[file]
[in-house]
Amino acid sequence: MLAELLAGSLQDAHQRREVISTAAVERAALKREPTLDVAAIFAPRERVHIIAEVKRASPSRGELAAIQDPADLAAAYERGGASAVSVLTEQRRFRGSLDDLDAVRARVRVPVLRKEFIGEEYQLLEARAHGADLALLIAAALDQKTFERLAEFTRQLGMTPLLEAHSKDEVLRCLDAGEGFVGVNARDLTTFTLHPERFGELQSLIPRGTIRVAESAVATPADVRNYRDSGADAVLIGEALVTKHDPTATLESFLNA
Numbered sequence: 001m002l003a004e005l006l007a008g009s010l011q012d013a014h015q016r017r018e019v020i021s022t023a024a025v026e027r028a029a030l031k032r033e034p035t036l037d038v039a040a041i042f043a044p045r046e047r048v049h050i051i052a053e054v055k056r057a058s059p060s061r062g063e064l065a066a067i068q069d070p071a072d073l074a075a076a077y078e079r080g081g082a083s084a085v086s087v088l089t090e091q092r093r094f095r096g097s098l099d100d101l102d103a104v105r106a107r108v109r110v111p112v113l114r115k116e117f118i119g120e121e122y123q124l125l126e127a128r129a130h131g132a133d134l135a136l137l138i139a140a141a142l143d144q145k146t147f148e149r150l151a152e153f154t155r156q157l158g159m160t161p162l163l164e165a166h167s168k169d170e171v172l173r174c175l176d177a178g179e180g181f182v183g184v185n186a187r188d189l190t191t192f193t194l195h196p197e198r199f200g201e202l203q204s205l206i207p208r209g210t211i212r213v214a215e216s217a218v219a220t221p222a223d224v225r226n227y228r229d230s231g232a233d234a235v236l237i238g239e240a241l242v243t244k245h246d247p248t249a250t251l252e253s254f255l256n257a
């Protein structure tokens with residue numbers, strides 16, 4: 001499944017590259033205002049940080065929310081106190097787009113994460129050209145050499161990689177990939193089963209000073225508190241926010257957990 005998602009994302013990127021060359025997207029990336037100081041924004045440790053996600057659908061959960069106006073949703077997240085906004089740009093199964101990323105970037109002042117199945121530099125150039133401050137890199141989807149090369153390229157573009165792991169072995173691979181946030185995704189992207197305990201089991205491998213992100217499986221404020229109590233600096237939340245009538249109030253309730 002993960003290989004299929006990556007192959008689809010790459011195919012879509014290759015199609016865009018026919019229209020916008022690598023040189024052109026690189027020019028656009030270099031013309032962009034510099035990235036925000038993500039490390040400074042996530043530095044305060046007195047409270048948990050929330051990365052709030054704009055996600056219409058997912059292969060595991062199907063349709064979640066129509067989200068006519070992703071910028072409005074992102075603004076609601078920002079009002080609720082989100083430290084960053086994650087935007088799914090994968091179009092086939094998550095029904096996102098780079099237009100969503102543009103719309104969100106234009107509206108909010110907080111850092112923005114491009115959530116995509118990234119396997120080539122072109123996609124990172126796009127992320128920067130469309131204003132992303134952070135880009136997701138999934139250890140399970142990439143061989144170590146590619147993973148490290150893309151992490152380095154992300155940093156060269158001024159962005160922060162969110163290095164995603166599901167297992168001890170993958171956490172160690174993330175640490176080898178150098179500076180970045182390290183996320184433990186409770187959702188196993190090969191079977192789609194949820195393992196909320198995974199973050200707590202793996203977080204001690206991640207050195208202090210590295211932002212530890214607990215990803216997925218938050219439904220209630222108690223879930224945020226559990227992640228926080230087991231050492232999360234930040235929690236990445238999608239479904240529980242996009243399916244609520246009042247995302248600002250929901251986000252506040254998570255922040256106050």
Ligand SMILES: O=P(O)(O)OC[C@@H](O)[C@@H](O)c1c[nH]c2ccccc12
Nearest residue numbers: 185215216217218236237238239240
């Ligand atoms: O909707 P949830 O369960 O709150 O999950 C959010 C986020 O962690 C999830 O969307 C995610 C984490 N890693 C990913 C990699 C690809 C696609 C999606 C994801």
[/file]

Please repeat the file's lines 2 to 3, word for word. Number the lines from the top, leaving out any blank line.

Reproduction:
Amino acid sequence: MLAELLAGSLQDAHQRREVISTAAVERAALKREPTLDVAAIFAPRERVHIIAEVKRASPSRGELAAIQDPADLAAAYERGGASAVSVLTEQRRFRGSLDDLDAVRARVRVPVLRKEFIGEEYQLLEARAHGADLALLIAAALDQKTFERLAEFTRQLGMTPLLEAHSKDEVLRCLDAGEGFVGVNARDLTTFTLHPERFGELQSLIPRGTIRVAESAVATPADVRNYRDSGADAVLIGEALVTKHDPTATLESFLNA
Numbered sequence: 001m002l003a004e005l006l007a008g009s010l011q012d013a014h015q016r017r018e019v020i021s022t023a024a025v026e027r028a029a030l031k032r033e034p035t036l037d038v039a040a041i042f043a044p045r046e047r048v049h050i051i052a053e054v055k056r057a058s059p060s061r062g063e064l065a066a067i068q069d070p071a072d073l074a075a076a077y078e079r080g081g082a083s084a085v086s087v088l089t090e091q092r093r094f095r096g097s098l099d100d101l102d103a104v105r106a107r108v109r110v111p112v113l114r115k116e117f118i119g120e121e122y123q124l125l126e127a128r129a130h131g132a133d134l135a136l137l138i139a140a141a142l143d144q145k146t147f148e149r150l151a152e153f154t155r156q157l158g159m160t161p162l163l164e165a166h167s168k169d170e171v172l173r174c175l176d177a178g179e180g181f182v183g184v185n186a187r188d189l190t191t192f193t194l195h196p197e198r199f200g201e202l203q204s205l206i207p208r209g210t211i212r213v214a215e216s217a218v219a220t221p222a223d224v225r226n227y228r229d230s231g232a233d234a235v236l237i238g239e240a241l242v243t244k245h246d247p248t249a250t251l252e253s254f255l256n257a